Lets take a step back in time, Peter Venkman was a womaniser, Ray had filthy dreams about ghosts and Egon allowed Janine the receptionist to flirt with him. They all had brains, weren’t too bad looking and didn’t deny the fact they had sex drives.
It would’ve added a lot more dynamism for these women to be more in touch with their feminine whilst possessing their innate intelligence. Just imagine Erin having a fantasy about a ghost doing naughty things to her and tumbling off the bed. Yes that happens, we have wet dreams too and love them.
The original Ghostbusters was one of those films that captured the essence of New York City. In fact re-watching the original film presents a nostalgia still felt today because there are parts of New York that look and feel like the movies in the 80s. It’s a shame that this wasn’t captured in the new film until the end and even then they were the common landmarks and similar shot compositions seen countless times in disaster movies of the last 10 years or more. You can’t bring back the 80s, but it would’ve been nice to have captured the spirit of the New Yorkers which still stands today. It’s a vociferous city known for its character alone and that hasn’t changed.
The key is not to take this movie to seriously, it is a comedy based in the present time. If we were to take it apart, we could easily say that with all the religious factions, paranormal organisations and famous Clairvoyants, the Ghostbusters alone probably wouldn’t have been the only ones trying to solve the ghost problem in the city. With that there would also be plenty of paranormal reality shows being commissioned (although there was reference to a reality show called the Ghost Jumpers which Abby was annoyed about) trying to get in on the action. The mayor in all likelihood would be forced to form a regulatory body to impose some broad set of rules on the emergent industry of ghost hunting. There’d be protest groups arguing the rights of spirits, waving placards and throwing buckets of ectoplasm over the busters.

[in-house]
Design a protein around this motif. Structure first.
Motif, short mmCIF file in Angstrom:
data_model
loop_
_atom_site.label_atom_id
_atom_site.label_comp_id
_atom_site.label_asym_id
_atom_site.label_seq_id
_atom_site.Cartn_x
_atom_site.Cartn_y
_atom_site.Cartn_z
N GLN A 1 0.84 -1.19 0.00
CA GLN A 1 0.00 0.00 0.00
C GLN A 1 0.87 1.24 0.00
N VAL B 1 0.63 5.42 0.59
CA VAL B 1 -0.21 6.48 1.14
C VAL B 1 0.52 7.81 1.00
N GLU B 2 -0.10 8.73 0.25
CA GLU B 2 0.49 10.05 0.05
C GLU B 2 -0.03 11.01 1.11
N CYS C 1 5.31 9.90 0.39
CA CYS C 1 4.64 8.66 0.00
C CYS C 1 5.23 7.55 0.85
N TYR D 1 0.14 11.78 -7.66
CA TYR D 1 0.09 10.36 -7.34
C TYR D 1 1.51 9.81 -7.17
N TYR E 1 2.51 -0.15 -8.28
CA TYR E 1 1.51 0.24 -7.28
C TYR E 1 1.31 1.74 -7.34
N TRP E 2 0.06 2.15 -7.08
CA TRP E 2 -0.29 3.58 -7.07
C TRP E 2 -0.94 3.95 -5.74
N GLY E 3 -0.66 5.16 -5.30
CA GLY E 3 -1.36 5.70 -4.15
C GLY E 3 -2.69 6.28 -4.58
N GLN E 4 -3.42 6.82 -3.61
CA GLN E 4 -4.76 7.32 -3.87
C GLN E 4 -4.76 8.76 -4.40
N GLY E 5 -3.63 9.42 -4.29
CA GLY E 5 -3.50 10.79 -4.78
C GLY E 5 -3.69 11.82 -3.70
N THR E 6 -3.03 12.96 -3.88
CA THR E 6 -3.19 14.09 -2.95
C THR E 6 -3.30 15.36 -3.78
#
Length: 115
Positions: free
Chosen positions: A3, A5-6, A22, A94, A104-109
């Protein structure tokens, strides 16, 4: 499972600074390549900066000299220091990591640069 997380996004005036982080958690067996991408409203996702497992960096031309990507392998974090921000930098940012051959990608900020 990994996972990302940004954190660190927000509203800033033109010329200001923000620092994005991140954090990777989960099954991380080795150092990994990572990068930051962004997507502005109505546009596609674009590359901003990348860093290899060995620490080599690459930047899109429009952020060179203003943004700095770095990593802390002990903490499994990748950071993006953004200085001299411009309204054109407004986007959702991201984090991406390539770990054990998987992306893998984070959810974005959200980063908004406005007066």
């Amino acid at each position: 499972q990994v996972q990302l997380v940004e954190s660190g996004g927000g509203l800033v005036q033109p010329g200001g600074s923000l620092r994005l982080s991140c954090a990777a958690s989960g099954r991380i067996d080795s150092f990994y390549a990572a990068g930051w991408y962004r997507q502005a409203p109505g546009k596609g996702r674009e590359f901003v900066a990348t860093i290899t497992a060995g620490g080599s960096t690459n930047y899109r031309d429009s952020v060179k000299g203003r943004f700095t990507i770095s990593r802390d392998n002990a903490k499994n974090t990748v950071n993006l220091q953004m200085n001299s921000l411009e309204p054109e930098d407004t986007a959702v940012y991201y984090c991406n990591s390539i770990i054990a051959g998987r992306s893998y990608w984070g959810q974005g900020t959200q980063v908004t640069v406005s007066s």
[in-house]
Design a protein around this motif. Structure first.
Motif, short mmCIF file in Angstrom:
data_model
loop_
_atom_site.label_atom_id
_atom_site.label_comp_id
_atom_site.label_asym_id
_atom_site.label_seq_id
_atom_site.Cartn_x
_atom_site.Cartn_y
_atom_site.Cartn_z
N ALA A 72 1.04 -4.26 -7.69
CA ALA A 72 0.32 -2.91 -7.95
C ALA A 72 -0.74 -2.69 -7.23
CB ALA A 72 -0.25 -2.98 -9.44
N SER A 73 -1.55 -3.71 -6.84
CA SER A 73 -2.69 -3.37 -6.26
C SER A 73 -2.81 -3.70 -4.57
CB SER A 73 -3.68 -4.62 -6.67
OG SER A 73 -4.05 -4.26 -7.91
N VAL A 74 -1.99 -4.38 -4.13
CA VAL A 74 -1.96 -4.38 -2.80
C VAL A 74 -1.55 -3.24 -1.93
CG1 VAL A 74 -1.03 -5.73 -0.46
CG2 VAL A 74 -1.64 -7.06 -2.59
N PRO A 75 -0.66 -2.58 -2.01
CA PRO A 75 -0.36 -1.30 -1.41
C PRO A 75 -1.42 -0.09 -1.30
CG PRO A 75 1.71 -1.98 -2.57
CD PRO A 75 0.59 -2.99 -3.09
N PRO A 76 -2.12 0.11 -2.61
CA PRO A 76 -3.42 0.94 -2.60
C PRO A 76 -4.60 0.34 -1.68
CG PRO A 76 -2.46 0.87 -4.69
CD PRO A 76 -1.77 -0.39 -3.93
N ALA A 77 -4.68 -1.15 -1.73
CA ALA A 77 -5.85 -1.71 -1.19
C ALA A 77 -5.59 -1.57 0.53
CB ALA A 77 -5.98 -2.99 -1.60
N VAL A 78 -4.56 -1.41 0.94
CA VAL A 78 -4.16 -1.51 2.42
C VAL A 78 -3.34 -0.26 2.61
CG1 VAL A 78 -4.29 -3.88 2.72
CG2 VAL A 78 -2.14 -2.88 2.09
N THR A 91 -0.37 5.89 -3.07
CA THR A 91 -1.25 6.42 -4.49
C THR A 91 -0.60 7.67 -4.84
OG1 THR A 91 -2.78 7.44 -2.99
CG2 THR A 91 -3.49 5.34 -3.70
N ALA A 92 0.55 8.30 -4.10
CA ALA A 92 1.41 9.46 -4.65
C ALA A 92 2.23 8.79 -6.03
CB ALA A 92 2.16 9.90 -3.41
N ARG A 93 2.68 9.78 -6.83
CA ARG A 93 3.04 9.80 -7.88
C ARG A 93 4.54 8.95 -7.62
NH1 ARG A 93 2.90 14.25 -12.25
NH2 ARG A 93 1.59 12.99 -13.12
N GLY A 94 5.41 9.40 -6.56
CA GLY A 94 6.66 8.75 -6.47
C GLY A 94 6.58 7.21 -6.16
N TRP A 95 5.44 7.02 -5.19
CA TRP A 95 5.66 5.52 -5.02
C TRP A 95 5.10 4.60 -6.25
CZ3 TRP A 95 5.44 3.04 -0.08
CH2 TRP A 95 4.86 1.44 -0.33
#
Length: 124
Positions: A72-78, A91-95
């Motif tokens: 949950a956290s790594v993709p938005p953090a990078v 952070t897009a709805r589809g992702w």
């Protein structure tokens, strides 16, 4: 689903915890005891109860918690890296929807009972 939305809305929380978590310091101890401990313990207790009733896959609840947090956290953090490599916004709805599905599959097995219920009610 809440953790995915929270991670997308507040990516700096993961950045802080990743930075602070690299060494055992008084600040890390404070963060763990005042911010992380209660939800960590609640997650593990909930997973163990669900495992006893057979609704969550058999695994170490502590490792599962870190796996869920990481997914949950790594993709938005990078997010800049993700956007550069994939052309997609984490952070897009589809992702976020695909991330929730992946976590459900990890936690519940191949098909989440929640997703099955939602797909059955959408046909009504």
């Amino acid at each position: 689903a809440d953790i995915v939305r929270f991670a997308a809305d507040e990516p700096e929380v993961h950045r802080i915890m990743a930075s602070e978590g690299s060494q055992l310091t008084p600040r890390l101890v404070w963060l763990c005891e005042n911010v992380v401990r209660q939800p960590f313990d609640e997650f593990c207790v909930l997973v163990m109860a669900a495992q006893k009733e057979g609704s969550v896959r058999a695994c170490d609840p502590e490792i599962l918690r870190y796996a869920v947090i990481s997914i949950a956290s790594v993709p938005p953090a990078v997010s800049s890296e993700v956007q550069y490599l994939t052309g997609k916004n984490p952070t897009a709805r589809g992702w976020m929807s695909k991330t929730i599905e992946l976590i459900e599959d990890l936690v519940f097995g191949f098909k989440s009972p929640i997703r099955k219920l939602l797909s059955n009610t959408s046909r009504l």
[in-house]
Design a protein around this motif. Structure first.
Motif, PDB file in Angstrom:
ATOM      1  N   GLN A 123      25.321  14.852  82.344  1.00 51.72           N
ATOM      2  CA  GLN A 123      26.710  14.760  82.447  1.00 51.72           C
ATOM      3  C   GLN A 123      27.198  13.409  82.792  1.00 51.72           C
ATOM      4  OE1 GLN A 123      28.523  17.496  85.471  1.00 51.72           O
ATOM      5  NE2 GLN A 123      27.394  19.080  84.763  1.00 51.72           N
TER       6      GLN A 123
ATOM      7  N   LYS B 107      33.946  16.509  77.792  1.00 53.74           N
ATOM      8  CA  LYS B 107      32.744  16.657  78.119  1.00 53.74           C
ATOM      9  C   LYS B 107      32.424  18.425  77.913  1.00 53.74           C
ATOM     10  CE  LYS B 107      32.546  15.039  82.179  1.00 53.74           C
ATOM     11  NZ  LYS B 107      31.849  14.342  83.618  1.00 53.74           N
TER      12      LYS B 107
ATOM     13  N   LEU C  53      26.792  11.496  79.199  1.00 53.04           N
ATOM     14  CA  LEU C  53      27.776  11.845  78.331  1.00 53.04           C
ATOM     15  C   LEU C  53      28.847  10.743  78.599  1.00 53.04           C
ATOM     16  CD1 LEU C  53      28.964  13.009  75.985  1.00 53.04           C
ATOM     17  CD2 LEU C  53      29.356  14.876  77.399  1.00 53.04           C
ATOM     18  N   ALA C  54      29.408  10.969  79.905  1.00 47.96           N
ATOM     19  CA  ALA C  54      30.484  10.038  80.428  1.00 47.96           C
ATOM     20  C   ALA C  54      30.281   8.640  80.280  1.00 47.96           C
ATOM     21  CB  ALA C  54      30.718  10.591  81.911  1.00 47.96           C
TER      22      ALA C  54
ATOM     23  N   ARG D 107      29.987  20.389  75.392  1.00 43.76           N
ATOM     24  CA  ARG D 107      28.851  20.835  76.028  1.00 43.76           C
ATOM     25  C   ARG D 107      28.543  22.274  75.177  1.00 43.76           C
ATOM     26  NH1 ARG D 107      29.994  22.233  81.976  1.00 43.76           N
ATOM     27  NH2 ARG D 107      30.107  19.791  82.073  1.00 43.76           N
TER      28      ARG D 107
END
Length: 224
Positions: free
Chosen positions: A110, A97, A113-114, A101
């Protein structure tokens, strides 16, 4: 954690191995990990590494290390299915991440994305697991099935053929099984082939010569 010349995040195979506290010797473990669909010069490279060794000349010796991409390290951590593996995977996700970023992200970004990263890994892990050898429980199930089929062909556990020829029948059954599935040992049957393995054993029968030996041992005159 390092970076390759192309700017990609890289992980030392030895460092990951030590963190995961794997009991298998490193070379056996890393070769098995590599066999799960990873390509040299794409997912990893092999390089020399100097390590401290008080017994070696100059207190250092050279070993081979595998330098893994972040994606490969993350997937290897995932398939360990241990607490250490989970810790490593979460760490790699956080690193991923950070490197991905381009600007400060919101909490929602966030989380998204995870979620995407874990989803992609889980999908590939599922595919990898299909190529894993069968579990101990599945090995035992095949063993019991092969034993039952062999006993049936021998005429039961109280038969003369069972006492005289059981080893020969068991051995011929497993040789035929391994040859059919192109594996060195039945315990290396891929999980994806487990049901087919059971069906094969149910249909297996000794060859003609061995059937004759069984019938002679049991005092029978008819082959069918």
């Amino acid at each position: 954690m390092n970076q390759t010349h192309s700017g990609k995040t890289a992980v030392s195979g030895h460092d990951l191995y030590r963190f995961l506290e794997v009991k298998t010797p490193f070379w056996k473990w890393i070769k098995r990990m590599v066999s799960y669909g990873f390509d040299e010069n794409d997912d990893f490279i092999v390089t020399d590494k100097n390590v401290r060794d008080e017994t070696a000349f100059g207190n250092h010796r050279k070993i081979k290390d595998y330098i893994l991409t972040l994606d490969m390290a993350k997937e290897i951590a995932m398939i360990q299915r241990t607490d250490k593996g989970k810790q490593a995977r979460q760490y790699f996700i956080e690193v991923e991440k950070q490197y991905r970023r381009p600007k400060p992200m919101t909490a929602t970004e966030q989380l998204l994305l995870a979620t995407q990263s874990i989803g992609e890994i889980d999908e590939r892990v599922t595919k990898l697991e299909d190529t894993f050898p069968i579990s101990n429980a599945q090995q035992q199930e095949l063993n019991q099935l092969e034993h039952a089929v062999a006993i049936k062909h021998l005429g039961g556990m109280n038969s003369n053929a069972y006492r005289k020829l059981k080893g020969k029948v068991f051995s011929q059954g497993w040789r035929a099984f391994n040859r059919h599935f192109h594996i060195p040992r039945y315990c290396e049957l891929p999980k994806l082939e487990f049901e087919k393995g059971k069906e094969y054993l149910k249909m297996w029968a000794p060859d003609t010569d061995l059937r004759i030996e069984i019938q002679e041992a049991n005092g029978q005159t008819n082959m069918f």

A friend asked me whether it would be the same watching the new Ghostbusters movie on the small screen and I struggled to answer his question. Namely because I only ever saw the movies on VHS and television due to my age. I also found the mixture of practical and visual effects to be terrifying and more realistic than this movie. I still do.
But there are incredibly intense VFX towards the end of the current film that should be seen on the big screen to appreciate it. I still feel that there needed to be more variation in the formation of the ghosts. After a while it felt like one big colourful apparition and a multitude smoke-like transformations. But it was great to see the return of Slimer, bigger and more glutinous than ever.
This is a Ghostbusters movie, it’s hilarious in parts and silly in others but it’ll appease the lovers of the franchise and even draw in new fans. It was also great to see cameo appearances by most of the actors and piqued my curiosity about the shelved Ghostbusters 3 movie.
The Ghostbusters reboot is a success with homage, laughs and reminder of the story and its characters that we have loved for decades. If there’s to be a new movie, there should be one soon because we did wait long enough for its return.
Ghostbusters is out now so slime it whilst you can.